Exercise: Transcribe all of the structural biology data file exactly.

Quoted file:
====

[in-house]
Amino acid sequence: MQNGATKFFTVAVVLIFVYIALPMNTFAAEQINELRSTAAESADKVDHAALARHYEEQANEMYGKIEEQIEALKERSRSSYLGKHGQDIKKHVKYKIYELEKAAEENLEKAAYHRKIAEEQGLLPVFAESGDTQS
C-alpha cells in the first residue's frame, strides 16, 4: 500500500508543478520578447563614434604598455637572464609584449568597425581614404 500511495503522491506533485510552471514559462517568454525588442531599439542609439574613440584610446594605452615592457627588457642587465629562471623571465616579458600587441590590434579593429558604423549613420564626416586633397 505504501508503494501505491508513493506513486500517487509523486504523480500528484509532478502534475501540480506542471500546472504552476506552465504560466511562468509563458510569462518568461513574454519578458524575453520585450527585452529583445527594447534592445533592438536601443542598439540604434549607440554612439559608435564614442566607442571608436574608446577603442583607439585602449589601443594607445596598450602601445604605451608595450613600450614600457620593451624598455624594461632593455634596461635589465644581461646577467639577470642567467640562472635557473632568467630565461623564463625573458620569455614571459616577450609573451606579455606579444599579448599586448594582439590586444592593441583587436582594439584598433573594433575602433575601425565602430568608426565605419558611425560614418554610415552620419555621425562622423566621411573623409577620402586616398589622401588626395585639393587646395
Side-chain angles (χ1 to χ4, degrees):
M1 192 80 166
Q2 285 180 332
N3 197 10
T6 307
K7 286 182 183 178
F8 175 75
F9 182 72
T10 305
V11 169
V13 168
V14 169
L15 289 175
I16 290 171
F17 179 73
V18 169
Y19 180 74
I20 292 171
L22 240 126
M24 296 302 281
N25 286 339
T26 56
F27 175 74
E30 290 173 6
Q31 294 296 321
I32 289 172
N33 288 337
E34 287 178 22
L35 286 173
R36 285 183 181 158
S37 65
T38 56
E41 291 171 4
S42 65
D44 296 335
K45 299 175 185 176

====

[in-house]
Amino acid sequence: MQNGATKFFTVAVVLIFVYIALPMNTFAAEQINELRSTAAESADKVDHAALARHYEEQANEMYGKIEEQIEALKERSRSSYLGKHGQDIKKHVKYKIYELEKAAEENLEKAAYHRKIAEEQGLLPVFAESGDTQS
C-alpha cells in the first residue's frame, strides 16, 4: 500500500508543478520578447563614434604598455637572464609584449568597425581614404 500511495503522491506533485510552471514559462517568454525588442531599439542609439574613440584610446594605452615592457627588457642587465629562471623571465616579458600587441590590434579593429558604423549613420564626416586633397 505504501508503494501505491508513493506513486500517487509523486504523480500528484509532478502534475501540480506542471500546472504552476506552465504560466511562468509563458510569462518568461513574454519578458524575453520585450527585452529583445527594447534592445533592438536601443542598439540604434549607440554612439559608435564614442566607442571608436574608446577603442583607439585602449589601443594607445596598450602601445604605451608595450613600450614600457620593451624598455624594461632593455634596461635589465644581461646577467639577470642567467640562472635557473632568467630565461623564463625573458620569455614571459616577450609573451606579455606579444599579448599586448594582439590586444592593441583587436582594439584598433573594433575602433575601425565602430568608426565605419558611425560614418554610415552620419555621425562622423566621411573623409577620402586616398589622401588626395585639393587646395
Side-chain angles (χ1 to χ4, degrees):
M1 192 80 166
Q2 285 180 332
N3 197 10
T6 307
K7 286 182 183 178
F8 175 75
F9 182 72
T10 305
V11 169
V13 168
V14 169
L15 289 175
I16 290 171
F17 179 73
V18 169
Y19 180 74
I20 292 171
L22 240 126
M24 296 302 281
N25 286 339
T26 56
F27 175 74
E30 290 173 6
Q31 294 296 321
I32 289 172
N33 288 337
E34 287 178 22
L35 286 173
R36 285 183 181 158
S37 65
T38 56
E41 291 171 4
S42 65
D44 296 335
K45 299 175 185 176